NATIONAL

[Newsmaker] Kim Jong-un’s visit to Seoul: What it means for two Koreas and beyond

By Yeo Jun-suk

Experts say Kim’s trip to Seoul is a risky bet, but one worth taking to promote his image as the leader of a ‘normal state’

  • Published : Sept 20, 2018 - 17:36
  • Updated : Sept 20, 2018 - 20:15

With North Korean leader Kim Jong-un pledging to visit Seoul within the year, there is a mix of hope and caution in the air over the first-ever trip to the South by the top leader from the North.

At a joint conference with President Moon Jae-in in Pyongyang on Wednesday, Kim said he had promised Moon that he would visit Seoul “in the near future.” Moon said he expected Kim to come to South Korea’s capital before the end of the year.

The announcement came as surprise to South Koreans, who have never seen the North Korean leaders crossing into the South Korean territory after the 1950-53 Korean War divided the Korean Peninsula.

“I never imagined that I would see a North Korean leader come here,” said Kim Yeong-suk, 62, who lost his father during the Korean War. “I simply can’t believe it right now. It’s just surreal.”

(Yonhap)

It is still unclear what prompted the North Korean leader to take the risk of visiting the capital of South Korea, where the memory of the Korean War and previous military provocations are etched in the memories of many.

On Thursday, a group of conservative activists and war veterans protested Kim’s planned visit to Seoul outside the Dongdaemun Design Plaza in Seoul, where a press center was set up for the Pyongyang summit.

Despite the security concerns surrounding his visit, experts said, Kim is more willing to take the risk than his predecessors because the Western-educated young leader is eager to shed his isolationist image and promote a new one to his own people.

“It would be an awfully big risk to take for the North Korean leader,” said Kim Dong-yup, a professor at Kyungnam University’s Far East Institute. “There is no guarantee that we can seal off all the roads to prevent possible attacks against him.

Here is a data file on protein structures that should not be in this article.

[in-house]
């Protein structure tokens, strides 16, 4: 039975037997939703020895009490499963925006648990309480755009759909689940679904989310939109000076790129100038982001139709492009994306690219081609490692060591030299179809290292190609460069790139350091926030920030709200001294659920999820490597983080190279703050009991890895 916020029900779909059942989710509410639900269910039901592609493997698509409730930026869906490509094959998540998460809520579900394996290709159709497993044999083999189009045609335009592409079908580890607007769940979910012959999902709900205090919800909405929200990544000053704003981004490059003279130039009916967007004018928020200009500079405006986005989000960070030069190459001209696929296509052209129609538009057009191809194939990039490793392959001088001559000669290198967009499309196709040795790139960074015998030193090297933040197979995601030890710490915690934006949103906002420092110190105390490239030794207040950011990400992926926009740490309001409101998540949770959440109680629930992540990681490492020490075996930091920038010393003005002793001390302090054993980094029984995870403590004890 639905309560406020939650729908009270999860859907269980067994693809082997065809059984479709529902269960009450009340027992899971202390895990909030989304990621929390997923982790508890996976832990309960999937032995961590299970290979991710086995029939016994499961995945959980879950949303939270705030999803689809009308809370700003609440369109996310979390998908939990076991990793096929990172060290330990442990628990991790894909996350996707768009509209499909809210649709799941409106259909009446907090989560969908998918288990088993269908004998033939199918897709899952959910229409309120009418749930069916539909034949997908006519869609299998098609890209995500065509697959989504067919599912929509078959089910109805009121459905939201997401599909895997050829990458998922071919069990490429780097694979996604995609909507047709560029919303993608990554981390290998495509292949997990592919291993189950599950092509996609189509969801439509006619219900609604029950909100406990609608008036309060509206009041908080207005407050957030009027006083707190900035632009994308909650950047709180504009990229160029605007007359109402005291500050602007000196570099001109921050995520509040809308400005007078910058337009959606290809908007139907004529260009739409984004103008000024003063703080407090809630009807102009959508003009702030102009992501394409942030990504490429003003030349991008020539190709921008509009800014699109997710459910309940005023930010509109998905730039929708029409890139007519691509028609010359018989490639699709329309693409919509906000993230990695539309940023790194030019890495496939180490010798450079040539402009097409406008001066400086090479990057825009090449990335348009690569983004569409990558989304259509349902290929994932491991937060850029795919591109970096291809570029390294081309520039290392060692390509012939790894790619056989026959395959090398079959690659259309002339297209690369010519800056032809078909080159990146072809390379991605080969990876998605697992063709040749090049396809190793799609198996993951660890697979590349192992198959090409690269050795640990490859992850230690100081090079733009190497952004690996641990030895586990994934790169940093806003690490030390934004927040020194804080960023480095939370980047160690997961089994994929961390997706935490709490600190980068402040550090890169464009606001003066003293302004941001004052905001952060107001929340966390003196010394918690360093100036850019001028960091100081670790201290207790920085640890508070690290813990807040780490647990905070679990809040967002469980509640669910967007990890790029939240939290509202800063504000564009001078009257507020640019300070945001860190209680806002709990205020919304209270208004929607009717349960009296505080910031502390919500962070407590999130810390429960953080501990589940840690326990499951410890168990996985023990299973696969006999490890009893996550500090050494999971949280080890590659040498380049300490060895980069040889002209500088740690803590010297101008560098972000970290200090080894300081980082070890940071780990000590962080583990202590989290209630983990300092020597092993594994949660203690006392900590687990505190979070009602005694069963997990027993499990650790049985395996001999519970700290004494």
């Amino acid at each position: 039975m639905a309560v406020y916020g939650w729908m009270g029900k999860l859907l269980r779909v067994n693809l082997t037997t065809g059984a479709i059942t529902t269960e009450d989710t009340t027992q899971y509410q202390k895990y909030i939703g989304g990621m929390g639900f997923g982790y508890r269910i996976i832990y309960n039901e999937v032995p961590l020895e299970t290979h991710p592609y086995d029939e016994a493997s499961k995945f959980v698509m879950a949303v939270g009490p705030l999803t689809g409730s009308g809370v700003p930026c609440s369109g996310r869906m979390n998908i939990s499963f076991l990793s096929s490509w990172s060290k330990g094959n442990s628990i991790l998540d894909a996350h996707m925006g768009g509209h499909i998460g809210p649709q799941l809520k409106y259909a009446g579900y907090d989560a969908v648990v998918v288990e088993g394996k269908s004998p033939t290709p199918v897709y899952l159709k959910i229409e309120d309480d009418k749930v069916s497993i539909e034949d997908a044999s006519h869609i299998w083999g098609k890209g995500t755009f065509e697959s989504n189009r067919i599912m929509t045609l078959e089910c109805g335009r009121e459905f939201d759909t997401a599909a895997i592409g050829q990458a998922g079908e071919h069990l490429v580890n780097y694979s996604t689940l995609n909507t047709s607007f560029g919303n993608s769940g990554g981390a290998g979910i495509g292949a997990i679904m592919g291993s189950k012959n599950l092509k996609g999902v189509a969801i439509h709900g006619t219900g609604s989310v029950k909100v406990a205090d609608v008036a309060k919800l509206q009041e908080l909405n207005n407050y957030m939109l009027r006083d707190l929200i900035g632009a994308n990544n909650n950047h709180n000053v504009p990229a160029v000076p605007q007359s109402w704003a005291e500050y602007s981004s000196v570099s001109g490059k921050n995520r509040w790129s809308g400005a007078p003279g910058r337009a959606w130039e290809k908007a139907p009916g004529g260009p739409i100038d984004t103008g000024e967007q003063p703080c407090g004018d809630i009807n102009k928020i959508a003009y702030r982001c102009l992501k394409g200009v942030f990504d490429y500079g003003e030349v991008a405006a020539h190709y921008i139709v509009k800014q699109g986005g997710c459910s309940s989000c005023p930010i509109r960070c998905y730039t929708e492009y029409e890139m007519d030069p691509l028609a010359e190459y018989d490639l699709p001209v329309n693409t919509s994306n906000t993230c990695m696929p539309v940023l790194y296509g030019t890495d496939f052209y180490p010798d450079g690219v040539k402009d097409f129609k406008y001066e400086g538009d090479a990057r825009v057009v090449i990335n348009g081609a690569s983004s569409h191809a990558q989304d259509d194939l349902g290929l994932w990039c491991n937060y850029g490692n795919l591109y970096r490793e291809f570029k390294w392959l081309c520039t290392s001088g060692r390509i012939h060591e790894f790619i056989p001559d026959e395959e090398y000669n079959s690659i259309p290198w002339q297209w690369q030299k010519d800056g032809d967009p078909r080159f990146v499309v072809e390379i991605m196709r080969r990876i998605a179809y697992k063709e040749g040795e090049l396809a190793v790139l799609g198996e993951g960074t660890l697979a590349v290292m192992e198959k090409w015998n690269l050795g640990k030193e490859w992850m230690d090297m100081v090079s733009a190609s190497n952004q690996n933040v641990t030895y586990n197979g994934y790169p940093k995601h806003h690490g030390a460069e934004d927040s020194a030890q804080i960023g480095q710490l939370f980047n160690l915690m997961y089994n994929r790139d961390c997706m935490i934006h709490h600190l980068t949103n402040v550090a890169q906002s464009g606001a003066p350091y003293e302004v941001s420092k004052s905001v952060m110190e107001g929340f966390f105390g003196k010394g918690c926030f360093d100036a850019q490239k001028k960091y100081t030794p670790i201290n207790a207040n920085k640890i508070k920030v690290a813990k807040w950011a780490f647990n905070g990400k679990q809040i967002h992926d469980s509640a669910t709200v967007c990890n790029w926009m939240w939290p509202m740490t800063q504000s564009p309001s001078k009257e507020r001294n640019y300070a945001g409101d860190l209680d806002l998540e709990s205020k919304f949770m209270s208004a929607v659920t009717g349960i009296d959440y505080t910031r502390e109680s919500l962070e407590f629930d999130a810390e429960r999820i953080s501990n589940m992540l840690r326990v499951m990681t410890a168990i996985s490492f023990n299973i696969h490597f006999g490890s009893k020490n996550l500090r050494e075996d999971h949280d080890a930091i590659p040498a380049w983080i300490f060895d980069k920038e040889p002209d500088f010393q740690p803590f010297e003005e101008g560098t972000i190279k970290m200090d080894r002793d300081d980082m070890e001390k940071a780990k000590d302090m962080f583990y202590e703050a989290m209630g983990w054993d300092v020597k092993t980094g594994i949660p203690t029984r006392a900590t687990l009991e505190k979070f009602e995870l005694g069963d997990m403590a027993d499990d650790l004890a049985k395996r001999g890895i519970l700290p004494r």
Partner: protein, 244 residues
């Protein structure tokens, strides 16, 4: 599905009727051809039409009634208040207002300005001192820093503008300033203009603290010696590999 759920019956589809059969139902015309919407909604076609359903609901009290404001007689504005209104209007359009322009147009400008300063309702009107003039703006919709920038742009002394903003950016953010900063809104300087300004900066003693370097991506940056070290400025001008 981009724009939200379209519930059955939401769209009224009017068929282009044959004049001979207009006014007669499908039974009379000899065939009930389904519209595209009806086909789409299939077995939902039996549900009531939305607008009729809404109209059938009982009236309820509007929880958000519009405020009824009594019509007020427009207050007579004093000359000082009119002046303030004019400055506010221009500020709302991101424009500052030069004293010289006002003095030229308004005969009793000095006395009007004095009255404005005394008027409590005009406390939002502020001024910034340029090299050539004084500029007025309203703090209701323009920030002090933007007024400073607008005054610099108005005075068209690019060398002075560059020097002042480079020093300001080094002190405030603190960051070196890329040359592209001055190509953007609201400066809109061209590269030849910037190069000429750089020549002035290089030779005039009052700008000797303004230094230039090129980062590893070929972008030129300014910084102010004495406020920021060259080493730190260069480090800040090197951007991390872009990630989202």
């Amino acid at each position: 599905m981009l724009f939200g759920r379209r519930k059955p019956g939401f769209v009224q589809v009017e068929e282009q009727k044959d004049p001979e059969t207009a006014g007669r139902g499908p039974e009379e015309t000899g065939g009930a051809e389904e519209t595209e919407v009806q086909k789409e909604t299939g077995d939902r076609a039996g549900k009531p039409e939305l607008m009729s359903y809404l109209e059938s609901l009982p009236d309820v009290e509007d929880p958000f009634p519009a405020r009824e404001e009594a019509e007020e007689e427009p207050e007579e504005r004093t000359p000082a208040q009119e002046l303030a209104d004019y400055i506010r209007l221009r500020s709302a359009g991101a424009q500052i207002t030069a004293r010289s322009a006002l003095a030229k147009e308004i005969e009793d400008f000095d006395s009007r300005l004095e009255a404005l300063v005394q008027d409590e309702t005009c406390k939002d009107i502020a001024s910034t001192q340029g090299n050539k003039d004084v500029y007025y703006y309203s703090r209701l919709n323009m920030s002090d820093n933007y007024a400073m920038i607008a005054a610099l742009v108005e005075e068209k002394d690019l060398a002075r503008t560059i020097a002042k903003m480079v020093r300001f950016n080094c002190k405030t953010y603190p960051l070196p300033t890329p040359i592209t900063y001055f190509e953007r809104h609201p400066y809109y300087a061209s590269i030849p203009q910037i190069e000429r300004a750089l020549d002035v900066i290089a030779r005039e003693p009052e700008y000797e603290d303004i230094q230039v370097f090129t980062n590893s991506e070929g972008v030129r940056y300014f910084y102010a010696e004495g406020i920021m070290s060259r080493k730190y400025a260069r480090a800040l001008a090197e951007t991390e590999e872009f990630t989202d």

“But he wants to show his people that he made the right decision and his country is on the right trajectory. … His trip to Seoul has more to do with his own people than the outside world. That is why he is taking such a big risk.”

When Kim Jong-un traveled to Singapore for his first summit with US President Donald Trump in June, the North Korean leader toured the downtown area of the city-state, taking selfies with local leaders and drawing crowds of bemused onlookers.

The summit was followed by activities that focused on improving the economy and people’s livelihoods. Instead of boasting of the country’s military might, Kim preached the importance of industrial development during a tour of a cosmetics factory.

Some experts, however, cautioned against going ahead with Kim’s visit to Seoul. In addition to the security concerns, there are worries that the Moon Jae-in administration could be blinded by North Korea’s “peace offensive” and tricked into accepting a nuclear-armed North Korea.

“What if some extremist group did something horrible against Kim? There is nothing more dangerous than this to provoke another Korean War,” said Kim Jae-chun, a professor at the Sogang University Graduate School of International Studies.

“But if he pulls off the trip, Kim’s visit to Seoul will be the most successful propaganda campaign, creating a narrative of ‘peace versus war’ among South Koreans. I don’t think there are many South Koreans who want to sit on the side of going to war.”

North Korea has long been suspected of trying to achieve the status of a “normal country” with nuclear weapons in its hands. In December last year, the country’s top envoy to the UN declared North Korea a “peace-loving nuclear power.”

It is not the first time that the two Koreas discussed the possibility of a trip South by a North Korean leader. The North’s late leader Kim Jong-il, father of Kim Jong-un, agreed to visit Seoul “at an appropriate time” after holding a summit with South Korean President Kim Dae-jung in 2000.

According to a memoir by South Korea’s former intelligence agency chief Lim Dong-won, who met with Kim Jong-il in 2000, the late North Korean leader expressed a wish to visit Jeju Island. He even joked about holding summits at Hallasan and Paektusan, back and forth.

But the reclusive leader eventually abandoned the idea of visiting Seoul. According to Lim’s account, Kim Jong-il said it was “premature” to cross into the territory of South Korea, with which North Korea remains technically at war.

By Yeo Jun-suk (jasonyeo@heraldcorp.com)